Step 3 – Set a probationary period or give a small project/assignment before offering full-time employment. I recognize that this will not always be possible for every role. However, this really helps create hard-working, productive employees. When an employee really has to “work” to get the job, the last thing they want to do is leave it. Once, while interviewing potential new hires for an administrative position, I had candidates submit an assignment using Excel. For sales positions, we set the expectation that a permanent position would be awarded after the candidate completed their training and sold a specific dollar amount during the probationary period. This created focused, determined employees right off the bat and weeded out the under-performers or those with the attitude that any job will suffice.
Step 4 –Introduce the new hire to the company. The first day on the job can be just like the first day of school, exciting and intimidating all at once. Aside from orientation and training, the first day on the job can really solidify the new-hire’s experience and level of production. Give these things some thought to ensure a great first day and future: who greets the new-hire? Will someone give them a tour? Is the work space ready? Do they know where the bathrooms are? Do they have business cards, a name plate, a welcome card and anything else creative to make them feel like part of the team? This leads me to step 5.
Step 5 – Assign a mentor (preferably someone with leadership desire). A mentor can help with the above things in Step 4, but ultimately a mentor will serve as another level of support for the new hire. The mentor usually wants to grow their career, and can handle accomplishing their own tasks, while taking on additional responsibilities. Mentorship also helps take some of the simple, “newbie” questions off the manager’s plate.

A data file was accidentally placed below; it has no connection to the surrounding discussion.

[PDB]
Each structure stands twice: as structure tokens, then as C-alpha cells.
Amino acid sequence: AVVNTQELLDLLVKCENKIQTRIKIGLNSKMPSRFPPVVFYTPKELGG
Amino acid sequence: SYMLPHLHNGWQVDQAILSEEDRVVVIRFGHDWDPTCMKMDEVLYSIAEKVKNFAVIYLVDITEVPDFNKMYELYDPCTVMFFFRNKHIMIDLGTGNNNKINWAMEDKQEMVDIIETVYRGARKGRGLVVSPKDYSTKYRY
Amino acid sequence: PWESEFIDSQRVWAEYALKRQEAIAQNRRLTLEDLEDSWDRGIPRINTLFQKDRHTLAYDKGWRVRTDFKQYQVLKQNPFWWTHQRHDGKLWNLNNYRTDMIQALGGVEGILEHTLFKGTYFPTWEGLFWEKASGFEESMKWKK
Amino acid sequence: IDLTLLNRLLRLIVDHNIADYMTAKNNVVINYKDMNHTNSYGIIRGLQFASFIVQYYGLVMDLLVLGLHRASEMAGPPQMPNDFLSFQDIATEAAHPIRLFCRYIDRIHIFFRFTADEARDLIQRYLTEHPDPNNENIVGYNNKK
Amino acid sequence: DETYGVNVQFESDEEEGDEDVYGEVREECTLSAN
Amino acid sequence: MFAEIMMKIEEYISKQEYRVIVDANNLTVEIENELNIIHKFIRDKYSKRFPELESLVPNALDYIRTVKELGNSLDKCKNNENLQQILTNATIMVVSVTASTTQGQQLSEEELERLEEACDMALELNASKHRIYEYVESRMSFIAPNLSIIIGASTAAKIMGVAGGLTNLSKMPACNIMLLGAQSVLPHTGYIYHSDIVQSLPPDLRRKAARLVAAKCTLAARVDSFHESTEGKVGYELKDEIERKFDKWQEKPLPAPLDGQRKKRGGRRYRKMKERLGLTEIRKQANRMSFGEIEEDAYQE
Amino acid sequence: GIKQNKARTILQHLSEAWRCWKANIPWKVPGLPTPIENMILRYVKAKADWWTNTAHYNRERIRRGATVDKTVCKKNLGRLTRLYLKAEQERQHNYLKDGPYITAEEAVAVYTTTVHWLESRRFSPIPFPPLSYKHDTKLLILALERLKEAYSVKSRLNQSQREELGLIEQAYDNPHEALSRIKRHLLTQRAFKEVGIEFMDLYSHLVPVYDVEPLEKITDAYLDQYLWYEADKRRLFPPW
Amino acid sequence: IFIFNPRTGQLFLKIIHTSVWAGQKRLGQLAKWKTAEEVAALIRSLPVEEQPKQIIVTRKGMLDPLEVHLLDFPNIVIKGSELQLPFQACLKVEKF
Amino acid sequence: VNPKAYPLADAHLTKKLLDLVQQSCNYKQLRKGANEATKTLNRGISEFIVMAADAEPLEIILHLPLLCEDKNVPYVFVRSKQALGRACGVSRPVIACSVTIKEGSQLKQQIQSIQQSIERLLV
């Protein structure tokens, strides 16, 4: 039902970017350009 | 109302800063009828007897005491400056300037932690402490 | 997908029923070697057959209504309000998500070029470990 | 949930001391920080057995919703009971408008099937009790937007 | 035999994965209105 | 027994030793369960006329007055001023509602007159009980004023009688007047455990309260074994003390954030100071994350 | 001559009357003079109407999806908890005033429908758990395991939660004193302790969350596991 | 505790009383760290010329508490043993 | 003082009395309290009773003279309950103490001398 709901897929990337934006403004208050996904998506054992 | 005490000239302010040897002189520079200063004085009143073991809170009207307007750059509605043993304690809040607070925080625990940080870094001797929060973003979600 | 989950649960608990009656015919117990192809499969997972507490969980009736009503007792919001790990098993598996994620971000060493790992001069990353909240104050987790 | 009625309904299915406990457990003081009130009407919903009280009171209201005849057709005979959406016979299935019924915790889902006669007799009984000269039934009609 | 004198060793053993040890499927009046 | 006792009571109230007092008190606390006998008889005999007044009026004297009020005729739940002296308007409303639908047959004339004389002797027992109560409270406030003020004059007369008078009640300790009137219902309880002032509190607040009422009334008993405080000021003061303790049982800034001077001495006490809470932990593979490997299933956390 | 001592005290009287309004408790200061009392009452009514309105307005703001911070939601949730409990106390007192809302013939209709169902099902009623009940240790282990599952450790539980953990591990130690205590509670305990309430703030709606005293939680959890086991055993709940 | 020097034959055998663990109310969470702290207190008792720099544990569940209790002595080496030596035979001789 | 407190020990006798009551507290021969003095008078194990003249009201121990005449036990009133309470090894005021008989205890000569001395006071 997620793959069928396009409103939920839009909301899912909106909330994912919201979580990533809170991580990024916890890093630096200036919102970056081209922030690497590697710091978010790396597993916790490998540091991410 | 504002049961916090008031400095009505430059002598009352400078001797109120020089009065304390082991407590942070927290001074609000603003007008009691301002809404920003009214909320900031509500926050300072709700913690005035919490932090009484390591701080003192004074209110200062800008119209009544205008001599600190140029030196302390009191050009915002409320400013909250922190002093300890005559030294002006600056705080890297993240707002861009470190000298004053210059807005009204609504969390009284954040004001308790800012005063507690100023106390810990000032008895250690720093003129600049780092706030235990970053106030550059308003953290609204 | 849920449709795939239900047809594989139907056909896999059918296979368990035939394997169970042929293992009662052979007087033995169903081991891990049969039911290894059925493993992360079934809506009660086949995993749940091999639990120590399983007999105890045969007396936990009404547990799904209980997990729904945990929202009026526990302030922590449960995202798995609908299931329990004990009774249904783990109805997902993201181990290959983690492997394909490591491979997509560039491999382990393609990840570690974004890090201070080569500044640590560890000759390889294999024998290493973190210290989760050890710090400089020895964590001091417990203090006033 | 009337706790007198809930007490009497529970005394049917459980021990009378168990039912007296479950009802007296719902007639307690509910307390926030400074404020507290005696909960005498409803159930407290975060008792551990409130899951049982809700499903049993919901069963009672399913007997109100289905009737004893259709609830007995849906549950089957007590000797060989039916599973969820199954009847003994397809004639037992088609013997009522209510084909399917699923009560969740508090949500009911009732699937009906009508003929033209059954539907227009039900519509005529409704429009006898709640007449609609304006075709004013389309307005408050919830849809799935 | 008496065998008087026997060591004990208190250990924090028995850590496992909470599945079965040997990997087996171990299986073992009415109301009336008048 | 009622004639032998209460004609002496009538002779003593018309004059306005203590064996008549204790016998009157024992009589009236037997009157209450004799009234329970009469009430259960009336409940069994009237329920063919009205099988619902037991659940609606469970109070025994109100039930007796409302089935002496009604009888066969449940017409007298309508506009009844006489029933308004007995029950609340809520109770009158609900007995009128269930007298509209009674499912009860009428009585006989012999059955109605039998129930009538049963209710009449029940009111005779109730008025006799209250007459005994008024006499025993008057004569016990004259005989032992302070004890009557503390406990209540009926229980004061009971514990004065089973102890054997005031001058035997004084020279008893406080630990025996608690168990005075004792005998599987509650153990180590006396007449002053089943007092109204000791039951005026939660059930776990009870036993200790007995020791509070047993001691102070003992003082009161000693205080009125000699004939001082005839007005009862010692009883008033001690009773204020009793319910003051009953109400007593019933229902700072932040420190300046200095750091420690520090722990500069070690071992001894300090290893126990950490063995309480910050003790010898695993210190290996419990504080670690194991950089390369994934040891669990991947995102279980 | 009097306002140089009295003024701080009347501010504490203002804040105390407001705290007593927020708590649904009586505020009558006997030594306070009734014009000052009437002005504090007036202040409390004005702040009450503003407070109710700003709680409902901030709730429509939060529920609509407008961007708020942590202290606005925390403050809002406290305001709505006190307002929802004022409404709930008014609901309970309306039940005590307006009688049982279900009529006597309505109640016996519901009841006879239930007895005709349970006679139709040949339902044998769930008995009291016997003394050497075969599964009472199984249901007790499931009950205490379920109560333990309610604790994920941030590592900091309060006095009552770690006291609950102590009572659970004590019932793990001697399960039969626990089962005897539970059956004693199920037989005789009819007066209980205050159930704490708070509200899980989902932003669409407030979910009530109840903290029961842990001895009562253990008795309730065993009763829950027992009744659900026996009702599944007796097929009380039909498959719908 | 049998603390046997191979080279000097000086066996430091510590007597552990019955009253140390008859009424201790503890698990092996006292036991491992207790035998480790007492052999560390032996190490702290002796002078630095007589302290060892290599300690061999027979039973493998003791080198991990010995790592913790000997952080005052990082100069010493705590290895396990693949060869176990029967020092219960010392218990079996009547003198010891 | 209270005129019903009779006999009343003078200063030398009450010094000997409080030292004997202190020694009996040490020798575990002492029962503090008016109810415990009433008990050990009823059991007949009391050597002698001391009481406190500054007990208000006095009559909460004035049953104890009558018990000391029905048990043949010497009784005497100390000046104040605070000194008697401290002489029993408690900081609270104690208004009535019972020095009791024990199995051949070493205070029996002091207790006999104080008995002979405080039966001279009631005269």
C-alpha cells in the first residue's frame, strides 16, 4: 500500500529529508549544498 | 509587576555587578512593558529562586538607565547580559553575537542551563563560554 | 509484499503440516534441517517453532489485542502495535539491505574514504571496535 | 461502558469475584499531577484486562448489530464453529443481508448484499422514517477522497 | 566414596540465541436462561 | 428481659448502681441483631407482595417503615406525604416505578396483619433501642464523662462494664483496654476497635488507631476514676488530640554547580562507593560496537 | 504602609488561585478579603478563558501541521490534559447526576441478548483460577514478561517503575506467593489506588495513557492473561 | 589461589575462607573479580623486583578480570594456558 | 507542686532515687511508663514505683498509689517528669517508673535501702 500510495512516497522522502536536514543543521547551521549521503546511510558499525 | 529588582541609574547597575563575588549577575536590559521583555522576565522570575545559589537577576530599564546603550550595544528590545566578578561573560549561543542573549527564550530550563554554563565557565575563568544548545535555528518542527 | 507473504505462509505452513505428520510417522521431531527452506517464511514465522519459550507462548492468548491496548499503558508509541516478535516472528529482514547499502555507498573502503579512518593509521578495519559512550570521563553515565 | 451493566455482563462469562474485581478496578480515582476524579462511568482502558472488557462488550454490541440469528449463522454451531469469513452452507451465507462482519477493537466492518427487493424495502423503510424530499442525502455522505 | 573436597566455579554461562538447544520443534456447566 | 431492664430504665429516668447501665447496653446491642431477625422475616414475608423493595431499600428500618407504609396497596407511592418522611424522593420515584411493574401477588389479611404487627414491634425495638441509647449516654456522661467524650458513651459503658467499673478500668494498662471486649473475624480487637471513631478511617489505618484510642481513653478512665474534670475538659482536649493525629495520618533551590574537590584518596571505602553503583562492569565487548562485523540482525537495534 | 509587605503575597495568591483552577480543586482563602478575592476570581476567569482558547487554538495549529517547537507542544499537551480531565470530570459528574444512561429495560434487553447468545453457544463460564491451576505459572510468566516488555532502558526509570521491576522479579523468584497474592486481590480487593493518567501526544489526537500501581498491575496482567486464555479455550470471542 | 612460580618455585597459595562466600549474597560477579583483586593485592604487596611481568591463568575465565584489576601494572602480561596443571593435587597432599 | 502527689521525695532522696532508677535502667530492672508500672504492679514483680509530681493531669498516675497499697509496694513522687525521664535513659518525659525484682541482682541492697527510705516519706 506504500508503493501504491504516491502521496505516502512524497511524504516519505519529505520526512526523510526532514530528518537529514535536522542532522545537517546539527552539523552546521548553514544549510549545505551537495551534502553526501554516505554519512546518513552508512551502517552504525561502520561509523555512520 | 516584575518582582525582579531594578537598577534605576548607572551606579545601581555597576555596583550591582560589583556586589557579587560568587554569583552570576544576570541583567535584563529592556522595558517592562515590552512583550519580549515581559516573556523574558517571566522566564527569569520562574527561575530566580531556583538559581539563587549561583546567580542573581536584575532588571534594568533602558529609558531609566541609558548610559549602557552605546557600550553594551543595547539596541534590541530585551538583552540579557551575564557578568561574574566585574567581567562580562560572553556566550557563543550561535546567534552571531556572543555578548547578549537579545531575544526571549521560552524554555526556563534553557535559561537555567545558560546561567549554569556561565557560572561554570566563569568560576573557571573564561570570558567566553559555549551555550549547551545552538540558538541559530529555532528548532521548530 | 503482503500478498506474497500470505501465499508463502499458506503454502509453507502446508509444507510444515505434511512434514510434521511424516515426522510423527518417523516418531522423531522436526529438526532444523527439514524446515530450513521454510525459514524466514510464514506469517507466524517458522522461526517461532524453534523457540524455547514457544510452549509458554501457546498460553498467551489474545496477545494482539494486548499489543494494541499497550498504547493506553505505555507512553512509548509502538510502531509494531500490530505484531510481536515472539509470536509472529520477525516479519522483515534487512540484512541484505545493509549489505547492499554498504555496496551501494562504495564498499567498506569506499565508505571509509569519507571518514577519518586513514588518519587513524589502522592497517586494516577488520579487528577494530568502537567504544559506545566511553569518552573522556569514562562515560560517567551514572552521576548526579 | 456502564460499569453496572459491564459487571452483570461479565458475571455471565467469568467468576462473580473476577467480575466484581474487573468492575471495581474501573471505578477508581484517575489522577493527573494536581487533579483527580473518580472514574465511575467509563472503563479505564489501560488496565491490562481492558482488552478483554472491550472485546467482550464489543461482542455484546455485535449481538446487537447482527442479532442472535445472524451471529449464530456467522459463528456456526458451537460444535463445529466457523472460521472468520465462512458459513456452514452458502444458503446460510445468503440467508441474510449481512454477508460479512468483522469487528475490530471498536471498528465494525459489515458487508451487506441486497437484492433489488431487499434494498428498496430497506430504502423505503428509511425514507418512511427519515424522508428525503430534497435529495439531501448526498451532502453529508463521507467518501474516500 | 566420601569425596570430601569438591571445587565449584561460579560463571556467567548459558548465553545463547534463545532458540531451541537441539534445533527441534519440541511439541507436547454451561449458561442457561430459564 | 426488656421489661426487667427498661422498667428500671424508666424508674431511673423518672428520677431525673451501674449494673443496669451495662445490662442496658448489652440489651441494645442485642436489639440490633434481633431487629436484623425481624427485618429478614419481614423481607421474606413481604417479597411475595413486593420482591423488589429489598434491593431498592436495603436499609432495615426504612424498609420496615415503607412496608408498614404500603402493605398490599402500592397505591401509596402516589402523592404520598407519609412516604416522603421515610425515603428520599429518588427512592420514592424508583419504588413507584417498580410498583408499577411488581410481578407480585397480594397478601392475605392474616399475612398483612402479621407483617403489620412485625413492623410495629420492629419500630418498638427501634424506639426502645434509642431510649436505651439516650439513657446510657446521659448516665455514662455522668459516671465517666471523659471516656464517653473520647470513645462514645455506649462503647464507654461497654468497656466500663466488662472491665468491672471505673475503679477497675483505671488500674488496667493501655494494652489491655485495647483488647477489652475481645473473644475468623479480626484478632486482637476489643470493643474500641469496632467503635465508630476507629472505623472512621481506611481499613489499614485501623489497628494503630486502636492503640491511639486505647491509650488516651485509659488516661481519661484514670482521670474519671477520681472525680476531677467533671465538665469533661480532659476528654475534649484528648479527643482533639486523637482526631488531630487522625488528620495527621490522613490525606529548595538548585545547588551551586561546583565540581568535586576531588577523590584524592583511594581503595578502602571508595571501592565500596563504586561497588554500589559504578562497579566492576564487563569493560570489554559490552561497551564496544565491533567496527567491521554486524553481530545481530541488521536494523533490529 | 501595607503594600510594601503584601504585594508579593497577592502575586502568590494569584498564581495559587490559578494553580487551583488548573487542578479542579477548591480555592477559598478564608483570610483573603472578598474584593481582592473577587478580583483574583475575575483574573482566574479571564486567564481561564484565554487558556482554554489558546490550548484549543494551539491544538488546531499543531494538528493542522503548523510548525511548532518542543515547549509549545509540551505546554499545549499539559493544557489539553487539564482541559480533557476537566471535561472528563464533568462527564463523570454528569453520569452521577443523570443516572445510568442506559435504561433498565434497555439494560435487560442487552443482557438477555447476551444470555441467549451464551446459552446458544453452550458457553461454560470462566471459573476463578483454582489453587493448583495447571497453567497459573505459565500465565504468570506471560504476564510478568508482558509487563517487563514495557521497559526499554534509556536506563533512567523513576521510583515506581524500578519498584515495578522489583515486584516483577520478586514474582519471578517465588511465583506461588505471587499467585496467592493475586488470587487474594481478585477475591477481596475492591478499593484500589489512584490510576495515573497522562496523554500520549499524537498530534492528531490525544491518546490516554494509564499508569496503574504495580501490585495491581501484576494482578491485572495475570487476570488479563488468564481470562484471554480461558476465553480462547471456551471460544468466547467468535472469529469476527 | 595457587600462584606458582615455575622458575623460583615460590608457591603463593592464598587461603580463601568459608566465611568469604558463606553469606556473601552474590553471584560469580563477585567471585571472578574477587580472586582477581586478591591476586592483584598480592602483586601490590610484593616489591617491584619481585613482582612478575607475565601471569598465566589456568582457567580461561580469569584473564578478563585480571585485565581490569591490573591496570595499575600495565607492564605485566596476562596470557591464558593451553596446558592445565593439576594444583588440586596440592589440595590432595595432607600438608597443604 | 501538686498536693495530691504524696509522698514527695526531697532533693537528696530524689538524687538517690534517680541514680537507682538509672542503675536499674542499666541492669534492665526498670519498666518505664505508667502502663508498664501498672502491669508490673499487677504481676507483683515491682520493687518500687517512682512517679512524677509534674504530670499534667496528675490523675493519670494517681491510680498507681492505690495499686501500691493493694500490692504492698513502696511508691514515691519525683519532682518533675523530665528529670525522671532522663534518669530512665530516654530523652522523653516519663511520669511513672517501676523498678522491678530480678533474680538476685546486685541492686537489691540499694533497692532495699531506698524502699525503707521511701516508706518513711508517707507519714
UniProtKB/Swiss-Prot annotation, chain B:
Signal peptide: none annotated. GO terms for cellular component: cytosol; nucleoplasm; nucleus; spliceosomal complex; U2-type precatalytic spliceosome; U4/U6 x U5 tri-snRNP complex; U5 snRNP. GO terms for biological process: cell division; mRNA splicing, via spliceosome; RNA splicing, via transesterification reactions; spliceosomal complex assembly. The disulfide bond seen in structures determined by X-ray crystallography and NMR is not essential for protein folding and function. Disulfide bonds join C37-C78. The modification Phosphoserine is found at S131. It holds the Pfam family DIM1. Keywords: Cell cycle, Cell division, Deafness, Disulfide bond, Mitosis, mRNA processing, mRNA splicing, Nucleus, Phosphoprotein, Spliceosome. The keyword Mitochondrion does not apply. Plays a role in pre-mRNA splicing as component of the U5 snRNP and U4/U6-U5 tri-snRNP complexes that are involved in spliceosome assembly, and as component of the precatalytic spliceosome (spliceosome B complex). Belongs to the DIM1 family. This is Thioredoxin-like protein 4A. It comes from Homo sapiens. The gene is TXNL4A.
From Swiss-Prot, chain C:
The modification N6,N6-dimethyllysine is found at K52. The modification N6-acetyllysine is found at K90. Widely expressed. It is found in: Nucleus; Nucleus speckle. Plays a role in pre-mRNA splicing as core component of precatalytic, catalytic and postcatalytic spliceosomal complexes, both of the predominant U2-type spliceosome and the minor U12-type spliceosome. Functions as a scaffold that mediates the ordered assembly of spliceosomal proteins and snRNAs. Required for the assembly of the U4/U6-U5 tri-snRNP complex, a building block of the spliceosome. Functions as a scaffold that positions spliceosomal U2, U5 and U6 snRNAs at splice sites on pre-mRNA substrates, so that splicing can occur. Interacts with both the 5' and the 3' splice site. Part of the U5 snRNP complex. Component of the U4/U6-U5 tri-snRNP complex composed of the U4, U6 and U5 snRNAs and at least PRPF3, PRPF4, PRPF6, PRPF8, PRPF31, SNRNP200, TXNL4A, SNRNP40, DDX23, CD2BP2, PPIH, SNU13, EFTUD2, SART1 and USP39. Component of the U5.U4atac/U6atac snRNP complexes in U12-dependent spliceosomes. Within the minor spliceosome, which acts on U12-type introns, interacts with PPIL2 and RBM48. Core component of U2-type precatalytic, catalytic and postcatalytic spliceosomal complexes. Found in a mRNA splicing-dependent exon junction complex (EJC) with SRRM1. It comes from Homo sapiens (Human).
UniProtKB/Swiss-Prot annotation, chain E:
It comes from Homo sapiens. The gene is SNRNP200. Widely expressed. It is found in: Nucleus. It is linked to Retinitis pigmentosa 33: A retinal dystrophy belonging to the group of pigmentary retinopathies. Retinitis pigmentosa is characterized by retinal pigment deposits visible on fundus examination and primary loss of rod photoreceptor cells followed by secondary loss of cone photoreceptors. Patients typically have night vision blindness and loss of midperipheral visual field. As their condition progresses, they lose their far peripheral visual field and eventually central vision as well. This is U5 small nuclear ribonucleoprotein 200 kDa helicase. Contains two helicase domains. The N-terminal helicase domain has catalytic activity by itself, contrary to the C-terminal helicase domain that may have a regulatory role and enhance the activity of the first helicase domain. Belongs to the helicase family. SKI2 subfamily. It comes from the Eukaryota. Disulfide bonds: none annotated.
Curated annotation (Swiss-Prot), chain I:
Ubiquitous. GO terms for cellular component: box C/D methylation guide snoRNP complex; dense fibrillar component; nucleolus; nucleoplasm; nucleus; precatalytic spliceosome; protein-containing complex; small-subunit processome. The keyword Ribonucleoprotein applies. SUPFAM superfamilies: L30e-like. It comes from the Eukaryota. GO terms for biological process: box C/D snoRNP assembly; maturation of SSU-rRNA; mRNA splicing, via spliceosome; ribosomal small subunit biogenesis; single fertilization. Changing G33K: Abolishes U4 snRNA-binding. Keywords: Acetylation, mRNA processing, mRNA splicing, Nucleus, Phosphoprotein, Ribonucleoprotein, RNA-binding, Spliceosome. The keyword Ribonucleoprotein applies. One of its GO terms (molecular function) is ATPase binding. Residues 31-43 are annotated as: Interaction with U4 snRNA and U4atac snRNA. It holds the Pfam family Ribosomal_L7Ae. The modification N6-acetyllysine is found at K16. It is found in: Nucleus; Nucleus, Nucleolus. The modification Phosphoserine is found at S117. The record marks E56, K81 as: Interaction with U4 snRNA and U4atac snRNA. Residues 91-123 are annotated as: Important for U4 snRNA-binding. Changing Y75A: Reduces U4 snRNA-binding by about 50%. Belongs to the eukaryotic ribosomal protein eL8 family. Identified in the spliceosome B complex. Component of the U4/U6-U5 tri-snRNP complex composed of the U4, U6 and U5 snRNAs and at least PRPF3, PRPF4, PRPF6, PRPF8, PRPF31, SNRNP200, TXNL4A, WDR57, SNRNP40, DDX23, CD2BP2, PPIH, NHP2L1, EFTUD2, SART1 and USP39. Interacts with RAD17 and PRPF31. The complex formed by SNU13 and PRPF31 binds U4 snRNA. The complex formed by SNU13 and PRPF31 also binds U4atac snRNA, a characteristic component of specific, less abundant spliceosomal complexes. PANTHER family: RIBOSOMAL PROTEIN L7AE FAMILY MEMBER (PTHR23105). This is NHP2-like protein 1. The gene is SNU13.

Many have experienced hiring what they thought were a strong candidate and found themselves frustrated six months later due to lack of performance. Following the above steps improved my new-hire performance ramp up time 50-70% and ultimately contributed to the decrease of employee turnover.
Valentina “Val” Ries is the owner and founder of Brava Coaching, LLC. Val has started two successful businesses and is an active member of many local business organizations She has dedicated her life to empowering others and helping businesses define their path to success. She has trained, inspired, and led multiple teams and managers to optimal production. Brava Coaching, LLC provides leadership, direction and support to business professionals and front-line managers. Brava Coaching’s goal is to increase companies’ overall profitability and employee retention through leadership development and coaching. Val has a Bachelor of Science in Nursing, a Masters of Business Administration and is a small business counselor for SCORE